A family is searching for answers after a Manitoba woman's death in July was deemed a homicide on Tuesday by the RCMP.

Lydia Whitford, 18, lived with autism and epilepsy. She was in the care of Sandy Bay Child and Family Services at the time of her death, the agency told CTV News. It's considered an extension of care because Lydia was an adult.

Jessica Whitford said family members were initially told by Sandy Bay CFS her sister died of natural causes.

Jessica wants to know why RCMP and CFS weren't more up front with her family about the circumstances surrounding Lydia's death.

She can't understand why anyone would want to hurt Lydia.

"How could somebody do that to somebody innocent like that, somebody who's really gentle?” Jessica said.

"She didn't verbally speak so she didn't really have a voice."

RCMP said officers from Oakbank responded to Lydia's death at her home in the R.M. of Springfield on July 14th.

On Tuesday, five months after Lydia was found dead inside the home, the Mounties said investigators determined her death is a homicide. The RCMP wouldn't elaborate on details of the case.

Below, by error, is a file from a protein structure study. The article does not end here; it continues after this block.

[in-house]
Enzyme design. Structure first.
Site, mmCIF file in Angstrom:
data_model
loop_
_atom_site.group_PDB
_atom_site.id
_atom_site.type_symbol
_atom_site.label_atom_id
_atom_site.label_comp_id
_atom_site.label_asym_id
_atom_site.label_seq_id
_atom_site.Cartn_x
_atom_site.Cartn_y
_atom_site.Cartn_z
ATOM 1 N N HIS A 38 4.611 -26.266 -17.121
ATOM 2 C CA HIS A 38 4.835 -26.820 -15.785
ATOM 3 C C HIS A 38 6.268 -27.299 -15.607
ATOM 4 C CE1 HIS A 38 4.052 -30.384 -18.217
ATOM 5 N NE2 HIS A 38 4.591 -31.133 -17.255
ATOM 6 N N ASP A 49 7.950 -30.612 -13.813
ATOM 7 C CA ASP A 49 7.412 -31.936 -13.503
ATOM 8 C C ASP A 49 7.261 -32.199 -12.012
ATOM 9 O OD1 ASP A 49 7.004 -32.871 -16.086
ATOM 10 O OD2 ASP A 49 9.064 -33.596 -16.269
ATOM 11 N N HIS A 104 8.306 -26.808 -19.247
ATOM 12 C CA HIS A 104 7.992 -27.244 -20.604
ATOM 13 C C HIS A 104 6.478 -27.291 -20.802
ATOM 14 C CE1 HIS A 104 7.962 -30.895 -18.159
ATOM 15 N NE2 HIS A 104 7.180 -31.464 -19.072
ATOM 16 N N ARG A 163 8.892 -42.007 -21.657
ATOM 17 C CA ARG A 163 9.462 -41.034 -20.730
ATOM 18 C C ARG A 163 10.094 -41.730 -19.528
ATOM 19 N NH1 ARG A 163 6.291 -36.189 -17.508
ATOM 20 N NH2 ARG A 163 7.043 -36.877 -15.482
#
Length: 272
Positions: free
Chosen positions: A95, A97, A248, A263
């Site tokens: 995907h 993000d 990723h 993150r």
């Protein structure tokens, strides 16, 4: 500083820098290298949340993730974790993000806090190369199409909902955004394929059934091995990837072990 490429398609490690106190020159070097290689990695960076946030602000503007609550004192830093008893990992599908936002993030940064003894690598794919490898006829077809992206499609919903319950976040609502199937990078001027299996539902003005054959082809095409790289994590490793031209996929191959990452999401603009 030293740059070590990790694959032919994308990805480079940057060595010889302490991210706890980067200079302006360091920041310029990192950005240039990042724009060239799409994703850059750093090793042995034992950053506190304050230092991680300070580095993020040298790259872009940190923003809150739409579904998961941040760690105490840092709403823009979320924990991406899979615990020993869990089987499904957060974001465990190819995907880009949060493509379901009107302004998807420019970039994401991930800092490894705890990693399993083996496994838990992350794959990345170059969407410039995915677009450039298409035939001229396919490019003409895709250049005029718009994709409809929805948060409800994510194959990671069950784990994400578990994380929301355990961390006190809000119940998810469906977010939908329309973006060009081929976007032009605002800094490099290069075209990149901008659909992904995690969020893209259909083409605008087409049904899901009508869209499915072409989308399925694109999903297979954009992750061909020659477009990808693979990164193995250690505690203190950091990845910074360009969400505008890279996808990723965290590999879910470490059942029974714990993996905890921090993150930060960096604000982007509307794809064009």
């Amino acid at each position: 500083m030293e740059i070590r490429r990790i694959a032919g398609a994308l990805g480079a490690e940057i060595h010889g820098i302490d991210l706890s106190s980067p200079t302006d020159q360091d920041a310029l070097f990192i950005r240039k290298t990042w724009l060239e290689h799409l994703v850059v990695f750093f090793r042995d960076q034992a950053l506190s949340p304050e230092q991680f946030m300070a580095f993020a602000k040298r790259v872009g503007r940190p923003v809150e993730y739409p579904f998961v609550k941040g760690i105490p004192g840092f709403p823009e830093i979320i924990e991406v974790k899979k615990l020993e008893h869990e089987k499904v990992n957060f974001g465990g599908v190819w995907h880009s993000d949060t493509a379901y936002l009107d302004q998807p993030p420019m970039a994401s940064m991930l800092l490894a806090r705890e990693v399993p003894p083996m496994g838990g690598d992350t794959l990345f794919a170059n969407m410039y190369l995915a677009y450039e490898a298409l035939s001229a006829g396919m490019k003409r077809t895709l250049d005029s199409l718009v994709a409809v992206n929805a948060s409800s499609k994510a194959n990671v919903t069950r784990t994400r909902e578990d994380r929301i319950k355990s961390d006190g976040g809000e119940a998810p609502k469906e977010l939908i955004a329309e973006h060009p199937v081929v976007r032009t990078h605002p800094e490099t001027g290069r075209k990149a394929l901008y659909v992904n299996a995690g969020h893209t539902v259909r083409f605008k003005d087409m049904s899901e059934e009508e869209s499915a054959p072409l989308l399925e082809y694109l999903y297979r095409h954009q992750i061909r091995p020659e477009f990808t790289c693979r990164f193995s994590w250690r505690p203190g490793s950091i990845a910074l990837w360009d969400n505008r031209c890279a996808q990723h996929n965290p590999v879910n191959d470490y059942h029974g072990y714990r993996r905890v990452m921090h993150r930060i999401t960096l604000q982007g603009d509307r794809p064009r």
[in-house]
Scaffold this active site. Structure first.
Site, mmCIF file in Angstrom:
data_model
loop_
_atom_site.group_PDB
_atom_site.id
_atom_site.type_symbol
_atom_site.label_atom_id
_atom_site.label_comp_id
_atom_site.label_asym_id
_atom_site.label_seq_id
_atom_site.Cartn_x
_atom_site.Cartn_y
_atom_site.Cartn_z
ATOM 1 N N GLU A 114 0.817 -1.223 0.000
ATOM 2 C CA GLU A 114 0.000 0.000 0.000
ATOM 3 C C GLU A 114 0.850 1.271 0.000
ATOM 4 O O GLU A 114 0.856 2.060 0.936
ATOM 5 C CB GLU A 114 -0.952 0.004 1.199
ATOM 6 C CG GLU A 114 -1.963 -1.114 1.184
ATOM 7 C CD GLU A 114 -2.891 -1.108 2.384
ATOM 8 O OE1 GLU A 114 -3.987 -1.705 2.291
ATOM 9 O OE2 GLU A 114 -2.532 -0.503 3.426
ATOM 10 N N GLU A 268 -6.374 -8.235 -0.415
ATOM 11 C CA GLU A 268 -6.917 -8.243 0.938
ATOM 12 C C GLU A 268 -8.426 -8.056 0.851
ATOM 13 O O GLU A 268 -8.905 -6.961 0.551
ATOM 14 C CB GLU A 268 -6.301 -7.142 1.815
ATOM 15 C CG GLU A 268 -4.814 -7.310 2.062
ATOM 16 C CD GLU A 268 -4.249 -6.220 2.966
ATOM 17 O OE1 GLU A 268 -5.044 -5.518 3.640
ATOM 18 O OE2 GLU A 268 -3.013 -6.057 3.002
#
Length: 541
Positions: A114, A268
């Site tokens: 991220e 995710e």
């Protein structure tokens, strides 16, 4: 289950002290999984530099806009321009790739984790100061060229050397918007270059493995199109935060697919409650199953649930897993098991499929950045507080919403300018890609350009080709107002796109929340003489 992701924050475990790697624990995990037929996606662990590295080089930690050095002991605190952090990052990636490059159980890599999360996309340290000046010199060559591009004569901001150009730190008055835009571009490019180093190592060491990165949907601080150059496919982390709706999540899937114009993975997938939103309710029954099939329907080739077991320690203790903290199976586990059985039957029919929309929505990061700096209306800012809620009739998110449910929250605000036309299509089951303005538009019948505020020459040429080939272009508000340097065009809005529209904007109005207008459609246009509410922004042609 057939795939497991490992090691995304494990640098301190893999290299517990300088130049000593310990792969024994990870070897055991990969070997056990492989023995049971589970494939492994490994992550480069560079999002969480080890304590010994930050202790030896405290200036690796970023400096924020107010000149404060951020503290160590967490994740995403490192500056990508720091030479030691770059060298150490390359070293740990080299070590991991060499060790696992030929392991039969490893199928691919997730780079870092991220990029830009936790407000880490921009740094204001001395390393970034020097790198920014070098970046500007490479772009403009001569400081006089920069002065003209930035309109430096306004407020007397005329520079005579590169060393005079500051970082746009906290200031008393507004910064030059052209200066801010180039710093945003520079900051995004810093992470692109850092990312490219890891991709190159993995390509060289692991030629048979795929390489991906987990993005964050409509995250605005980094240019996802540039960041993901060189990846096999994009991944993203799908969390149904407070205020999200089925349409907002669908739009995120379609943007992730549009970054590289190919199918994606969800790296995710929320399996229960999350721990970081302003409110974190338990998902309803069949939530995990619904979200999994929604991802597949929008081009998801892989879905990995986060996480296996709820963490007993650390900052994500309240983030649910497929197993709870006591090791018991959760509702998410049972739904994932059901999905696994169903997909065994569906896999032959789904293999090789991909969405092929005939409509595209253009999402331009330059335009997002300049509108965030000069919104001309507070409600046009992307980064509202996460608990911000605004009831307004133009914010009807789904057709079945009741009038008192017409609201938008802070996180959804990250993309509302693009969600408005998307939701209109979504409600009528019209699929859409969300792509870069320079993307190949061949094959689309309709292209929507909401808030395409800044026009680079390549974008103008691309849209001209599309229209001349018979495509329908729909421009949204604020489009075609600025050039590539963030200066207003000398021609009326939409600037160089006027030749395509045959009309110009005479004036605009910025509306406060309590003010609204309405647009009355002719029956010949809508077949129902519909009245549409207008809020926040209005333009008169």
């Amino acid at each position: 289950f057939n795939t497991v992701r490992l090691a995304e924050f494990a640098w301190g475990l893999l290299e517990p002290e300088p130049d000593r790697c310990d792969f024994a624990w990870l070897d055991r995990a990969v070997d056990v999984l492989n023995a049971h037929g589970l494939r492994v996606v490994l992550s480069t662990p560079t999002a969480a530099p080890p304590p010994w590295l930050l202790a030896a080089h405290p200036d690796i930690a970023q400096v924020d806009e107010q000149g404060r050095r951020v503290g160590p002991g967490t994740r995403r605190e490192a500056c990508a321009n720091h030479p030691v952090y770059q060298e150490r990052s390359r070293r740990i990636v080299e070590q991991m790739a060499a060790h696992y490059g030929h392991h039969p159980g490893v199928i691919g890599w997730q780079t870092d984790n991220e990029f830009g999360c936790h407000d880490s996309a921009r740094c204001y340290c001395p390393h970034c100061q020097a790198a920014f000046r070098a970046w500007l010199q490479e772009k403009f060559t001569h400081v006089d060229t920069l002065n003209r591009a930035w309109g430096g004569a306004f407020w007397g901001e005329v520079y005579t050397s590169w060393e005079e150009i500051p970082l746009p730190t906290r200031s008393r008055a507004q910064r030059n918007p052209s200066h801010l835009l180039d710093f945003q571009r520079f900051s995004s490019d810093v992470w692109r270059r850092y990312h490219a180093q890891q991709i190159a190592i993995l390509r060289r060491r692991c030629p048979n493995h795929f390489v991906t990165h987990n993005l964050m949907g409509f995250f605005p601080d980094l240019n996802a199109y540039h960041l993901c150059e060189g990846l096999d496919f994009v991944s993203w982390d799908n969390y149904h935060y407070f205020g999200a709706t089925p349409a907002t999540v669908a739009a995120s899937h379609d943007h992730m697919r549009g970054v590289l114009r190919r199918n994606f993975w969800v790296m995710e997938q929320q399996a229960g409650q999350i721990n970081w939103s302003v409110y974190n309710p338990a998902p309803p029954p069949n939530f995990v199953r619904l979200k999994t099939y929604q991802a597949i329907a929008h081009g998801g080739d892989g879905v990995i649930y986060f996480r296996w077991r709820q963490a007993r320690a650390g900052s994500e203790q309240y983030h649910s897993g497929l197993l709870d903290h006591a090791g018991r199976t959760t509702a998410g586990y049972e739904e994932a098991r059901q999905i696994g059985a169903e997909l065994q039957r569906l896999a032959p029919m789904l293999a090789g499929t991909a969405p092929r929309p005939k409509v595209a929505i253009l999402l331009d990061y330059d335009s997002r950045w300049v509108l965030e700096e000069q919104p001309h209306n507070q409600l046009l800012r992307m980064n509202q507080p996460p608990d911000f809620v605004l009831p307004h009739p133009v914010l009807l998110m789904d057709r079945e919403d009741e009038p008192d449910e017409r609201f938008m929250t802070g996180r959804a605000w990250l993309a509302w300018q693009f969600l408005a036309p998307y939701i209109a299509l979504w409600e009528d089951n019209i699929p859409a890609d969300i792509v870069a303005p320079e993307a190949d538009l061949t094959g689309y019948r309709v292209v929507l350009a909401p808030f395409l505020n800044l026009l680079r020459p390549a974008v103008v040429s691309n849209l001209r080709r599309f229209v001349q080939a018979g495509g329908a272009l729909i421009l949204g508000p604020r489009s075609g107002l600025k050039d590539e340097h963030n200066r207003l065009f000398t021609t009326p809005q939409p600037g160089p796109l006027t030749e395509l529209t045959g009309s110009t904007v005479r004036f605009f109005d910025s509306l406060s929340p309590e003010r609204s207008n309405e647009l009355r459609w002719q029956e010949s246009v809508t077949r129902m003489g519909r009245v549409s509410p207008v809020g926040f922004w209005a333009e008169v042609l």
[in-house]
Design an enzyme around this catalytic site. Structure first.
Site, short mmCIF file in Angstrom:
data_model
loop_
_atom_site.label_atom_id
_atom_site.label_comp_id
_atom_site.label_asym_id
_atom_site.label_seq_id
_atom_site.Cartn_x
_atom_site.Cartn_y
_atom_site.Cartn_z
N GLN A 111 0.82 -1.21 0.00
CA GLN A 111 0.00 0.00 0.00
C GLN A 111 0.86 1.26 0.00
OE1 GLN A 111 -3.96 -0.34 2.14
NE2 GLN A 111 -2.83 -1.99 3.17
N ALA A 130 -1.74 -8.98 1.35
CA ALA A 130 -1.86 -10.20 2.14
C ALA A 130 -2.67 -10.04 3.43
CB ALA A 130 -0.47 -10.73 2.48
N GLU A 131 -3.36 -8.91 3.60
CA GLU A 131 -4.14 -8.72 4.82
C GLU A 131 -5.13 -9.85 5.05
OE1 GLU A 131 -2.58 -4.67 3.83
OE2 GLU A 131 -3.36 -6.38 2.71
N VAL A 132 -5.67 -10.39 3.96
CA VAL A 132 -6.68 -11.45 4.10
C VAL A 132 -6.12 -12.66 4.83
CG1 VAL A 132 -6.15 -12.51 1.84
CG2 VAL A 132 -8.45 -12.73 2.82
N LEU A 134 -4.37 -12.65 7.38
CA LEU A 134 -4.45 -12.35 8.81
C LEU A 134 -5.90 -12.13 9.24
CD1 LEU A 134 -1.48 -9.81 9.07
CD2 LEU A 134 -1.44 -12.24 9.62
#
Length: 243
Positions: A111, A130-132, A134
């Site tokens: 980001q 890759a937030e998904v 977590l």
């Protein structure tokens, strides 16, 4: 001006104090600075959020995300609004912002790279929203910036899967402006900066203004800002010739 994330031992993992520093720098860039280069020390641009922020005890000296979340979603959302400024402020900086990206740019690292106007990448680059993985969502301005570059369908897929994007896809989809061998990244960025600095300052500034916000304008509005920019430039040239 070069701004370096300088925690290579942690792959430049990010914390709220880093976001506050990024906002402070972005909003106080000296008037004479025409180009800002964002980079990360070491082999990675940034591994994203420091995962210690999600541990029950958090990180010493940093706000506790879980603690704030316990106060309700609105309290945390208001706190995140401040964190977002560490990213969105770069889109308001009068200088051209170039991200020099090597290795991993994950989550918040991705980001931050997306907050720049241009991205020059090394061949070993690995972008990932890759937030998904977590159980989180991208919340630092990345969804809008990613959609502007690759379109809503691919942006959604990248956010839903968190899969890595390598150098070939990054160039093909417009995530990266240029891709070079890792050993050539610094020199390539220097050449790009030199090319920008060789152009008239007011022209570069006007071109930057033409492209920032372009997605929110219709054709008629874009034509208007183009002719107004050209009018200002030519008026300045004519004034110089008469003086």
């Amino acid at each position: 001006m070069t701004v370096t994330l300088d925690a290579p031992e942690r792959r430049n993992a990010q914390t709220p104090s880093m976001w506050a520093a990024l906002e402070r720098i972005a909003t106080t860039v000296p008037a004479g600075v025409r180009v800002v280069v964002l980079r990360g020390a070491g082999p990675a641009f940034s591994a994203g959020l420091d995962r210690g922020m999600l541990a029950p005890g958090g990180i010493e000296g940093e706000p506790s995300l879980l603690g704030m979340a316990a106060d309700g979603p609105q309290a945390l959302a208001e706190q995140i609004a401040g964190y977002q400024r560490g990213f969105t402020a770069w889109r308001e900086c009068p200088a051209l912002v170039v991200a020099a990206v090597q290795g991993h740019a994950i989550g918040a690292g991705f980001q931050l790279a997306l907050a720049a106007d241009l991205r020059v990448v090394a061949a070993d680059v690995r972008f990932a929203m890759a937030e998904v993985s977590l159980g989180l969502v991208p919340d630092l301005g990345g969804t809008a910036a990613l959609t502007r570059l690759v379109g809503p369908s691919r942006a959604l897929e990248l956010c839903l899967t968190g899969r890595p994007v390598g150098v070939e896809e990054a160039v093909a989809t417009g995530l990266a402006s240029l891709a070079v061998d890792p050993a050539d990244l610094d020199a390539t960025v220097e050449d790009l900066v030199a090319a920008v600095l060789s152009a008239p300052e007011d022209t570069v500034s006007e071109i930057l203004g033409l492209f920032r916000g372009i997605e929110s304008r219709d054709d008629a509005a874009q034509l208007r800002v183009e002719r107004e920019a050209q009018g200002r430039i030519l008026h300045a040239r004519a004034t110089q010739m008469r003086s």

Sandy Bay Child and Family Services executive director Richard De La Ronde said Lydia lived in a licensed foster home in the R.M. of Springfield. The agency closed the home after the death, which means children are no longer placed at the home.

"It's an automatic response when there's any kind of critical incident," said De La Ronde.

De La Ronde said it was RCMP who initially told CFS Lydia died of natural causes and that's the information they gave her family.

"(The RCMP) said they were changing it to a homicide without providing any reason."

De La Ronde said the agency has requested the Children's Advocate do a review of the case.

"You never want to lose a child, or anyone in care, for that matter," De La Ronde said. "We want to make sure checks and balances are in place."

The Office of the Children's Advocate said it's aware of Lydia's death.  A spokesperson said because she was 18 a review can't be automatically initiated however the Advocate has decided an investigation will be launched but likely not until the police wrap up their case.

"In cases where there are criminal investigations underway, our review process is limited until those other processes are concluded, as we are careful not to interfere with law enforcement investigations," the spokesperson said in an email.

The province said it can't provide information about an individual and said that it's not appropriate to comment on the case because of the ongoing police investigation.